The southern chinch bug is the most important insect pest of St. Augustinegrass in Florida. Adults are about 1/5 inch long, and black, with white patches on the wings.  Chinch bugs are seriously damaging only to St. Augustinegrass but will feed on other grass species. When chinch bugs are present in sufficient numbers they cause yellow or brown areas in lawns.  The St. Augustinegrass varieties Floratam, Floralawn, and Floratine provide various degrees of resistance to chinch bug feeding

Several kinds of caterpillars, the immature or larval stage of moths, including sod webworms, armyworms, cutworms and grass loopers may cause damage to all turfgrasses.  Bermudagrass is their favorite grass while bahiagrass is the least desirable.

White grubs can damage grass. These pests are the larval stage of beetles such as June beetles and masked chafers. White grubs larvae have three pairs of small legs near the head. They are white, with brown heads and a dark area at the rear of the abdomen. They rest in a C-shaped position. Grubs damage the grass by feeding on the roots.

Several predatory and parasitic insects attack lawn pests. The most prominent predator of chinch bugs is the big-eyed bug. One of the earwigs is a very good predator of both chinch bugs as well as several other turfgrass insects. It is known to eat as many as 50 adult chinch bugs in one night. Spiders and ground beetles are efficient predators of several harmful lawn insects and are considered extremely beneficial. Certain wasps are also a very common parasites of the lawn caterpillars. Big-eyed bugs are about the same size as chinch bugs and are often confused with them. Beneficial insects are often misidentified as being harmful and a pesticide is applied when it is not needed.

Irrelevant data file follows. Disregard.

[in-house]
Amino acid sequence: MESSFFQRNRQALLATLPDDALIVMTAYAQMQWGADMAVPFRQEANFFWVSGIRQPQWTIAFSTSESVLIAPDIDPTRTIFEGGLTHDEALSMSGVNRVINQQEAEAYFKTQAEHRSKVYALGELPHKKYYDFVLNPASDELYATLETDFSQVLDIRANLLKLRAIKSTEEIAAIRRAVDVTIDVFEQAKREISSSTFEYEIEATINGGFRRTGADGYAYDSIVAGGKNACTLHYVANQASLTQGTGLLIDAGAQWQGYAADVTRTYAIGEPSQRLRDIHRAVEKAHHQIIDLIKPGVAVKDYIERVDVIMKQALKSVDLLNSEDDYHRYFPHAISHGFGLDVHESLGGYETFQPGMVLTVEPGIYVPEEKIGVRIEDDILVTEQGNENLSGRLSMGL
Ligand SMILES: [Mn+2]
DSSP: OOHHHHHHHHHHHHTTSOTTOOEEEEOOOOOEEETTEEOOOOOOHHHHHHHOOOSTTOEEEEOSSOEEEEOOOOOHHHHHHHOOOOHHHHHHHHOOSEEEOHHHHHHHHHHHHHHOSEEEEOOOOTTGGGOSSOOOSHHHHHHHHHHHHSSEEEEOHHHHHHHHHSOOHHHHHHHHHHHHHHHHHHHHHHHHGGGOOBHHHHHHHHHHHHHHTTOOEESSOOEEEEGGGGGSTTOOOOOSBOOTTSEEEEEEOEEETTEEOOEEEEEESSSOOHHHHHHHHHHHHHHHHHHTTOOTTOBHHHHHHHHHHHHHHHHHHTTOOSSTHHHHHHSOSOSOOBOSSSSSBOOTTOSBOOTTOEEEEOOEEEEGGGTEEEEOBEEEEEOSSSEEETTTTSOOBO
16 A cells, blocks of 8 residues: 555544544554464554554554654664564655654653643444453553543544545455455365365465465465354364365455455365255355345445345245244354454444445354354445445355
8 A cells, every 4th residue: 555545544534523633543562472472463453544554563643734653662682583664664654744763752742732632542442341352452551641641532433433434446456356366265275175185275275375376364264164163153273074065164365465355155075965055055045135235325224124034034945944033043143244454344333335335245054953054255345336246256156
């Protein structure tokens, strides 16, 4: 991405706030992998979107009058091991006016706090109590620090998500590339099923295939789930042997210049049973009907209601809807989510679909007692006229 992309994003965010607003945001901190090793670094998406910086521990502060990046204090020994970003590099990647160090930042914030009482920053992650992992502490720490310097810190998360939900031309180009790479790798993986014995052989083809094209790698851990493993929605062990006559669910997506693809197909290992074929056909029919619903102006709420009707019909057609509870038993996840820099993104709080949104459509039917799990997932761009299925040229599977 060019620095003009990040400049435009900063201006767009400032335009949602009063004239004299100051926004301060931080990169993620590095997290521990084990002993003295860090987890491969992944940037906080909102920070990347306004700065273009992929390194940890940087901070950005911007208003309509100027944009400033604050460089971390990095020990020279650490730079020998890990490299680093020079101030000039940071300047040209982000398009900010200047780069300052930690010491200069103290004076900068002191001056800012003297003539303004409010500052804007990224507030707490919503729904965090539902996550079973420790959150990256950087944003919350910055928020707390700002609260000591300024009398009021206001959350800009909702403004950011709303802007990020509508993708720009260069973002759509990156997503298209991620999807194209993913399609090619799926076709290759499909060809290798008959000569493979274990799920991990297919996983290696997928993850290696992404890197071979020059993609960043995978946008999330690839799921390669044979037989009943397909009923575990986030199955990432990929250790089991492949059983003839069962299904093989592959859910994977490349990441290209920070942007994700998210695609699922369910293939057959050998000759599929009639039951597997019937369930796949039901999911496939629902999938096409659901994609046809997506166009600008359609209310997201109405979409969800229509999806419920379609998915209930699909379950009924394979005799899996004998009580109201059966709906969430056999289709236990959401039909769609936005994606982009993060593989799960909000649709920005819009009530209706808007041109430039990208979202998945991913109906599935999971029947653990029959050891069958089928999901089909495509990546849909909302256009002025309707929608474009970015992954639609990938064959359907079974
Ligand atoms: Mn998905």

Apply insecticides properly. Read and understand all directions on the container label regarding dosage rates, application information, and precautions. To help prevent environmental contamination and the reduction of beneficial insects, spot treatments can be applied when infestations are first noticed and the damaged area is small. Treat the off-color area and about a 10-foot buffer area surrounding it.  If damage is widespread over the yard or if many infested areas are detected, the entire yard should be treated. Inspect the area two to three times at biweekly intervals to determine if infestation is under control. Careful observation coupled with an  understanding of your lawn pests will go a long way in helping you have a better lawn.  Good luck and good gardening.

Gene McAvoy is the horticulture agent with the Hendry County Extension Service.  Direct your horticulture questions to PO Box 68, LaBelle, FL 33975,  e-mail - or phone 863-674-4092 or 863-983-1598.  You are also welcome to visit the Hendry County Extension Office at 225 Pratt Blvd., LaBelle.   Office hours are from 8:00 - 5:00.

The Institute of Food and Agricultural Sciences is an Equal Employment Opportunity - Affirmative Action Employer authorized to provide research, educational information and other services only to individuals and institutions that function without regard to race, color, sex, age, handicap or national origin.